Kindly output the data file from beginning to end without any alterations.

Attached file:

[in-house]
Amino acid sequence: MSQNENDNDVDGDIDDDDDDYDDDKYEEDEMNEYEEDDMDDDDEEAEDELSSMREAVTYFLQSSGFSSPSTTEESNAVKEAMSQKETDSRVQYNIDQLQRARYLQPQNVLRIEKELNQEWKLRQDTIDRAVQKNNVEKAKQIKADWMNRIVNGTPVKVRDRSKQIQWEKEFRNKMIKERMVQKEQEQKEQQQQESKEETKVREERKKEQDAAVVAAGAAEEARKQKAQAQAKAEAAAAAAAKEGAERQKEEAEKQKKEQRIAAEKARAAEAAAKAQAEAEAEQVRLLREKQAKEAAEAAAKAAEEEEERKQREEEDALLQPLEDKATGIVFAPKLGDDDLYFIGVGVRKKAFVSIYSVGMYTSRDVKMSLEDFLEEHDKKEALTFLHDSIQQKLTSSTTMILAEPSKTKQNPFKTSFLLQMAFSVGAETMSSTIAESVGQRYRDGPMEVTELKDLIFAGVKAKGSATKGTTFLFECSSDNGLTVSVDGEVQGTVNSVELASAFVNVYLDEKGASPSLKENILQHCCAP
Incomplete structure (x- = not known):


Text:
[in-house]
Amino acid sequence: MSQNENDNDVDGDIDDDDDDYDDDKYEEDEMNEYEEDDMDDDDEEAEDELSSMREAVTYFLQSSGFSSPSTTEESNAVKEAMSQKETDSRVQYNIDQLQRARYLQPQNVLRIEKELNQEWKLRQDTIDRAVQKNNVEKAKQIKADWMNRIVNGTPVKVRDRSKQIQWEKEFRNKMIKERMVQKEQEQKEQQQQESKEETKVREERKKEQDAAVVAAGAAEEARKQKAQAQAKAEAAAAAAAKEGAERQKEEAEKQKKEQRIAAEKARAAEAAAKAQAEAEAEQVRLLREKQAKEAAEAAAKAAEEEEERKQREEEDALLQPLEDKATGIVFAPKLGDDDLYFIGVGVRKKAFVSIYSVGMYTSRDVKMSLEDFLEEHDKKEALTFLHDSIQQKLTSSTTMILAEPSKTKQNPFKTSFLLQMAFSVGAETMSSTIAESVGQRYRDGPMEVTELKDLIFAGVKAKGSATKGTTFLFECSSDNGLTVSVDGEVQGTVNSVELASAFVNVYLDEKGASPSLKENILQHCCAP
Incomplete structure (x- = not known):